Climate change is real. It’s impact will both be felt by dairymen, and will be influenced by their management practices. That message was heard loud and clear as leading researchers, extension and conservation professionals, professors, energy professionals, engineers and dairy farmers gathered for an intensive two-day conference — with a third day of tours — focused on mitigating the impact of climate change. Held at the Statler Hotel on the Cornell University campus, the conference was co-hosted by Cornell’s PRO-DAIRY program.
While emphasis was given to the fact that animal agriculture in the United States is not the main contributing factor to greenhouse gas (GHG) emissions, experts all agreed that reducing the emissions from dairy farms will be needed as the public becomes more aware and concerned about decreasing the GHG footprint overall. Taking steps now not only will have some positive impact on the environment, it will also position the dairy industry as a leader in sustainability.
“We can go a long way in reducing these emissions by being more efficient in what we do,” Bill Hohenstein, Director, USDA Climate Change Program said. “Worry about farming practices, but also worry about how we are affecting climate.”
Farm practices will have to change as the weather becomes more variable, but changing farm practices can also impact the environment. Weather trends in the Northeast point to increasing severe weather events and extremes, and overall increase in freeze-free season length, higher annual precipitation and warmer temperatures overall. If GHG emissions trends are not changed, these trends will continue to grow unimpeded. Changes in farm practices brought about as a result of these climate modifications will be needed, he said.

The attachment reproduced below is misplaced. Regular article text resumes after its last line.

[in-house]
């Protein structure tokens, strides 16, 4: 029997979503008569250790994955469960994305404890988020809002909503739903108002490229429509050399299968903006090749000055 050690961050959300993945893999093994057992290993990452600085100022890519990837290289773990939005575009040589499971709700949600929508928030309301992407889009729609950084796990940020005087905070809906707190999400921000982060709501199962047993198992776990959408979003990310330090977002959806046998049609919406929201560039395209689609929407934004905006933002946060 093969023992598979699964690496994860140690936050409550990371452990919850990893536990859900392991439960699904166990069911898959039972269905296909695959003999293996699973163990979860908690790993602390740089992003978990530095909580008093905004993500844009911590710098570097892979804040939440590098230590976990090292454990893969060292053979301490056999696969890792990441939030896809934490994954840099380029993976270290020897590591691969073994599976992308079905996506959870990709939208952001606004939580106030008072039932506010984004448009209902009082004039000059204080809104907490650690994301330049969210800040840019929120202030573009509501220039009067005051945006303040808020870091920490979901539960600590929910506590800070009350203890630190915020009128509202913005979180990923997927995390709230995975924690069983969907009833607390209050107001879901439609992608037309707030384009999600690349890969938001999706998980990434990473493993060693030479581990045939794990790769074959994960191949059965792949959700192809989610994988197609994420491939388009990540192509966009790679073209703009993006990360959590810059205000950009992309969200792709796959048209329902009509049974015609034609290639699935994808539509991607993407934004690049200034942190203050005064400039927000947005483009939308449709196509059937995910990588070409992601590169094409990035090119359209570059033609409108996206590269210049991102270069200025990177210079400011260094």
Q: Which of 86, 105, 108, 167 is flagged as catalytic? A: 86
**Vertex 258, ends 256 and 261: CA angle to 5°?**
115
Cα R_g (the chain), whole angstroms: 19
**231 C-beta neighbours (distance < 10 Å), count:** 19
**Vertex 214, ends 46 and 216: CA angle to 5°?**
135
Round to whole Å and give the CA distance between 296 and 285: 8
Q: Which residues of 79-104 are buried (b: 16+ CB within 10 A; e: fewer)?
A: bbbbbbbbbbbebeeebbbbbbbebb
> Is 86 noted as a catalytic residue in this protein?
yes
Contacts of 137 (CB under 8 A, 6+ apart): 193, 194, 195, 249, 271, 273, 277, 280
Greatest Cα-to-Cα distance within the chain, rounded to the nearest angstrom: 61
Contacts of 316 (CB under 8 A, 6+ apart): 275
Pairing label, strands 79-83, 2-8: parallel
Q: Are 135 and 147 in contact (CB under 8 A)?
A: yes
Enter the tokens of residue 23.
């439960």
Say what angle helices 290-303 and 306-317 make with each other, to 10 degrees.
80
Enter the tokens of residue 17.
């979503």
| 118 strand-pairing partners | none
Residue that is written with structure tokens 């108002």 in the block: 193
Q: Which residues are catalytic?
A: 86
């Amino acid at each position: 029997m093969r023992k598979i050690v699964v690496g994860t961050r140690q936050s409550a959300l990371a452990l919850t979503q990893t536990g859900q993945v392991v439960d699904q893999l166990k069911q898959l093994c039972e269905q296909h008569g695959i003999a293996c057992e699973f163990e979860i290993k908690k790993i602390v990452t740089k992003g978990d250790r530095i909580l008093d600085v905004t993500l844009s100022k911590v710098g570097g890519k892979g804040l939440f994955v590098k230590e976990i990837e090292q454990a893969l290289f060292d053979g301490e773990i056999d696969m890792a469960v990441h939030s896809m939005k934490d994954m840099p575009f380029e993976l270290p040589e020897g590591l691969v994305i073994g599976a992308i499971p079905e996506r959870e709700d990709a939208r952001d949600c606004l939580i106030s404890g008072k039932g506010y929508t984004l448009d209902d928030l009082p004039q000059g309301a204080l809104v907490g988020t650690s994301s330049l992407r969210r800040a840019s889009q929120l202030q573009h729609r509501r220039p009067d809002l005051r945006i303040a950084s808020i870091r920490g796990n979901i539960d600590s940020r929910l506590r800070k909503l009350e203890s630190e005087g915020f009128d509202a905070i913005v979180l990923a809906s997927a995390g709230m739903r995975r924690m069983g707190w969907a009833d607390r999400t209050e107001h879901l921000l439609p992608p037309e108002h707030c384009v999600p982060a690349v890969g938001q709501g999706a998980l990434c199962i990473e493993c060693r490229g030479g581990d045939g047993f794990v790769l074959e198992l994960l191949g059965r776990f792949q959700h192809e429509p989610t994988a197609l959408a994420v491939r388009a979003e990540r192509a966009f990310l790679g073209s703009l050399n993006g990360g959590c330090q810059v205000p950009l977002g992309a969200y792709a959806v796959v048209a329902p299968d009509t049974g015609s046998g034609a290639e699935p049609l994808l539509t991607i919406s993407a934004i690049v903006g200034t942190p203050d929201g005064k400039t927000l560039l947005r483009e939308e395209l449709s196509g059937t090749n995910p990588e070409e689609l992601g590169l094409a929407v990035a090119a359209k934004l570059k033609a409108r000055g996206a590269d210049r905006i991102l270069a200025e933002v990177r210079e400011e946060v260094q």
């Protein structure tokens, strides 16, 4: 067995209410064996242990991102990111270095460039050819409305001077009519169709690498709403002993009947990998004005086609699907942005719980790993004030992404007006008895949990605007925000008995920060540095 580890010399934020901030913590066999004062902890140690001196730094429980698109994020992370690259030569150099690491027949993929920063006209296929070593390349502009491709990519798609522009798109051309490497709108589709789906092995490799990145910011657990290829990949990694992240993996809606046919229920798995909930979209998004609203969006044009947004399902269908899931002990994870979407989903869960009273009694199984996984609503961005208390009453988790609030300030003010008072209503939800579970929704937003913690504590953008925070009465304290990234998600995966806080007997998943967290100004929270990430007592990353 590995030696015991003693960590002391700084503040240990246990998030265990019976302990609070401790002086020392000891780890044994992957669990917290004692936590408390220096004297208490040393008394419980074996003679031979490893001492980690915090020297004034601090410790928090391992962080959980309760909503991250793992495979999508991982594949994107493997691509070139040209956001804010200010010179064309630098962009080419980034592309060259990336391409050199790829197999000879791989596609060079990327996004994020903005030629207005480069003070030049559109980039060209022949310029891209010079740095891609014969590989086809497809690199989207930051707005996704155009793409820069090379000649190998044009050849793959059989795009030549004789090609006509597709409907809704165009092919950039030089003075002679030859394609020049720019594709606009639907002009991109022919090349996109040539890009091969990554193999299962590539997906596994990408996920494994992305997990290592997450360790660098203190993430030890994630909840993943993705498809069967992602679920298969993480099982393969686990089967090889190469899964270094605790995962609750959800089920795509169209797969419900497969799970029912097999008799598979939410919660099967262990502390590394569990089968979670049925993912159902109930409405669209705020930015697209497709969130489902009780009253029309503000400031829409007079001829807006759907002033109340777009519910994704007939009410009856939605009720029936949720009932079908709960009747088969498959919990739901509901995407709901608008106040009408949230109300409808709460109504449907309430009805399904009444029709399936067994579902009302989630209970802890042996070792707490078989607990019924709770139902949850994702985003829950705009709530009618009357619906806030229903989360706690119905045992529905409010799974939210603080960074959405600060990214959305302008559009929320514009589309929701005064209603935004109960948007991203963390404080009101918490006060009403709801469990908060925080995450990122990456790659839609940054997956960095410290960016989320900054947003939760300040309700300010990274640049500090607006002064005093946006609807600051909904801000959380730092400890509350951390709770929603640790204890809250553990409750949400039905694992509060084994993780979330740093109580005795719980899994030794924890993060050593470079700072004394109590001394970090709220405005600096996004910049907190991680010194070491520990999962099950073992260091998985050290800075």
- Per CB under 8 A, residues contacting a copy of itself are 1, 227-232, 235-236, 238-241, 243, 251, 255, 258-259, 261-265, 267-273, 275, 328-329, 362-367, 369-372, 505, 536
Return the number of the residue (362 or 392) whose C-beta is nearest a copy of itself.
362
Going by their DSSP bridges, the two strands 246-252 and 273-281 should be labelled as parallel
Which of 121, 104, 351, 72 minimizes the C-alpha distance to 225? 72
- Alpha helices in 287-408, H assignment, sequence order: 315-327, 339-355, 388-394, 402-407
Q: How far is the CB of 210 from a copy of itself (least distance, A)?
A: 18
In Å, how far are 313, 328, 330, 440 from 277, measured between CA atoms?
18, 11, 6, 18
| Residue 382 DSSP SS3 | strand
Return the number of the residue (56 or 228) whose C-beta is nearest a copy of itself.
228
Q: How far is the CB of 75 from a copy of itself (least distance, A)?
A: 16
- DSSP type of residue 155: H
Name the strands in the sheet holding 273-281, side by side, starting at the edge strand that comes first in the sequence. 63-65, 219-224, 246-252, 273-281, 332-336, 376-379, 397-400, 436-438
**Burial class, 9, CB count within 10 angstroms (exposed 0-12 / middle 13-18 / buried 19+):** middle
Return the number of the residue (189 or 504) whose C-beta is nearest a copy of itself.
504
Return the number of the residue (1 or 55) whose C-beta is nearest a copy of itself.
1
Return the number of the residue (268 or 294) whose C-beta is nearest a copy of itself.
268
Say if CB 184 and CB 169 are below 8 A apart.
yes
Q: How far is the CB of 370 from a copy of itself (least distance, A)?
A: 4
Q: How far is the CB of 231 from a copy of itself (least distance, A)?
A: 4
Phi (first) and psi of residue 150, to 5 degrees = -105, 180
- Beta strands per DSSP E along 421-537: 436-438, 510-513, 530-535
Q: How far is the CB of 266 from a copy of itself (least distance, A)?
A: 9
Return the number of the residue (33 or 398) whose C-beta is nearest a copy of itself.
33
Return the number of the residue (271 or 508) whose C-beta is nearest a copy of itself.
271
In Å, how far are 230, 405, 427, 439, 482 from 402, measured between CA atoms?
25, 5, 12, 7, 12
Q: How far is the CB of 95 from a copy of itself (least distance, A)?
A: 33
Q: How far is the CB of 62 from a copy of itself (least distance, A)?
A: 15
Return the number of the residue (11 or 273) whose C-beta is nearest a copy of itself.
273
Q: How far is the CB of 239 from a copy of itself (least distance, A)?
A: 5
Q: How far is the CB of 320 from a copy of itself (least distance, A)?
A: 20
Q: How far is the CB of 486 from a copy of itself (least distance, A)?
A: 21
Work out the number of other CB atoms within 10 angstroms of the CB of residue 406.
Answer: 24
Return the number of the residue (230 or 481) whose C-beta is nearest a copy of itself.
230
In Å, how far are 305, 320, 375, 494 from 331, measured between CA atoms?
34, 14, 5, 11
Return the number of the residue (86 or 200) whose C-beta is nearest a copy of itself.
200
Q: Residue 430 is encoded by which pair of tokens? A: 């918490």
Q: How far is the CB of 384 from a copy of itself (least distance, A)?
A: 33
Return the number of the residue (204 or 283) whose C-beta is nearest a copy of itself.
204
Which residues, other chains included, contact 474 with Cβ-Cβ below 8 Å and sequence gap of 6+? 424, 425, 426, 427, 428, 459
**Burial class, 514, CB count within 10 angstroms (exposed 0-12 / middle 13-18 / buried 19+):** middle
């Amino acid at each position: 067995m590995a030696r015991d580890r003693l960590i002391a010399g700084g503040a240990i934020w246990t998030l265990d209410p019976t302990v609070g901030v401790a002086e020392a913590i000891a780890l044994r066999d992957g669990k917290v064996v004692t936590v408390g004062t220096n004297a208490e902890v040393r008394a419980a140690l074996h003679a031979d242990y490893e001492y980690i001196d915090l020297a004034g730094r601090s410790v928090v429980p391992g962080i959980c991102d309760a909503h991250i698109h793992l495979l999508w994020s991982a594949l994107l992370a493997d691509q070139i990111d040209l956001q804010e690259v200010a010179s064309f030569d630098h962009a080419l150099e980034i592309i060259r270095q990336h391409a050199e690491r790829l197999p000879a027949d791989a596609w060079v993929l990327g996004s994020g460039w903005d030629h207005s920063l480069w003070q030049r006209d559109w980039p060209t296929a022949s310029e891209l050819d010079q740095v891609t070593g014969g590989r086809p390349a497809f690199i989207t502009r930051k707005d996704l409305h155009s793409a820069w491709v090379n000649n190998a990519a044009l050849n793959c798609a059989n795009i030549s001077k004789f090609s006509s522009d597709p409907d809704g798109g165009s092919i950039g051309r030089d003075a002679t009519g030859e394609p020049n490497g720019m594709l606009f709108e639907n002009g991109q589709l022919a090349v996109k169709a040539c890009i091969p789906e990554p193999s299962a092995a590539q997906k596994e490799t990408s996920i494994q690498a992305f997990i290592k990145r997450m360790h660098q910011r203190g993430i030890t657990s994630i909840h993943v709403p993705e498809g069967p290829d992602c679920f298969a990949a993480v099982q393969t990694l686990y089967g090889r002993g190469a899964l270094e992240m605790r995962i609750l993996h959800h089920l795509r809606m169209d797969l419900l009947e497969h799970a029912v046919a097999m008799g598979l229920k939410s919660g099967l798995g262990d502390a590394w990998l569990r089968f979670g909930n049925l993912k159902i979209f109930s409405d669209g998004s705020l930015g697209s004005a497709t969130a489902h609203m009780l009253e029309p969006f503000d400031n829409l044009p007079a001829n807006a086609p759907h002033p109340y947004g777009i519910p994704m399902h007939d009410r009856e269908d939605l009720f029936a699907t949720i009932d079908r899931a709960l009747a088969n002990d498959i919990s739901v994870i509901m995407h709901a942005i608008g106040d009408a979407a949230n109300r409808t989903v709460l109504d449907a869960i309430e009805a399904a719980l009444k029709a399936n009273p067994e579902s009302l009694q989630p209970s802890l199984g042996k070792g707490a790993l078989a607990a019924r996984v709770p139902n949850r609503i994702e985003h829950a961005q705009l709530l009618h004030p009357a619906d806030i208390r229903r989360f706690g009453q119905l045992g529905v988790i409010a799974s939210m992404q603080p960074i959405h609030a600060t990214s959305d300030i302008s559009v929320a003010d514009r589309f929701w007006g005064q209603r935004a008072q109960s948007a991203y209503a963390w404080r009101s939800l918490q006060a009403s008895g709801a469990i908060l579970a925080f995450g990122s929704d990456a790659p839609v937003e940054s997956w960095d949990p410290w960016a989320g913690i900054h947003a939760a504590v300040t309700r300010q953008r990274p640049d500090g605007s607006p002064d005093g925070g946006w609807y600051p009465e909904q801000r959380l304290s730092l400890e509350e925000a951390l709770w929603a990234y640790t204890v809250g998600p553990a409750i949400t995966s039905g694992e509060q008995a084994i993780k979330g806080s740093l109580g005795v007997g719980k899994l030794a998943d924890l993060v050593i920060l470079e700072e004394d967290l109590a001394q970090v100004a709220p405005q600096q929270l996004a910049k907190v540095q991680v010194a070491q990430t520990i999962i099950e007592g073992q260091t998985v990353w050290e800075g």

Weed, disease and insect pressures are increasing. Heat related animal stress is an increasing concern. The growing season has lengthened in the Northeast. Speakers at the conference emphasized that climate change is going to bring numerous challenges to agricultural, but that the dairy industry will also be presented with opportunities to meet these challenges and remain profitable, while decreasing the GHG emissions from their farm operations.
GHG and dairy productivity
Despite all of the negative press pinpointing animal agriculture as a much larger contributor, GHG emissions from agriculture contribute to approximately nine percent of the overall GHG emission in the United States. Emissions from animal agriculture account for three percent of these, with the rest coming from crop production. Overall, the increase in GHG emissions from agricultural sources has increased about 10 percent since 1990.
The main GHG is carbon dioxide. Methane, nitrous oxide, water vapor and ozone are other naturally occurring GHGs. The impact of each GHG is measured against the impact of carbon dioxide. Methane emissions from agriculture, as well as nitrous oxide emissions, are the two primary concerns.
According to David W. Smith, of Texas A&M AgriLife Extension, animal agriculture accounts for 36 percent of methane emissions in the United States, and 69 percent of nitrous oxide emissions. Of the methane emissions from agriculture, enteric emission accounts for about 70 percent, with manure management responsible for most of the remainder of the agricultural methane emissions.
Nitrous oxide emissions from agriculture are small in comparison to methane emissions, and over 90 percent of these originate from soil management practices. Both synthetic fertilizes and manure applications cause nitrous oxide release after soil application, Smith said.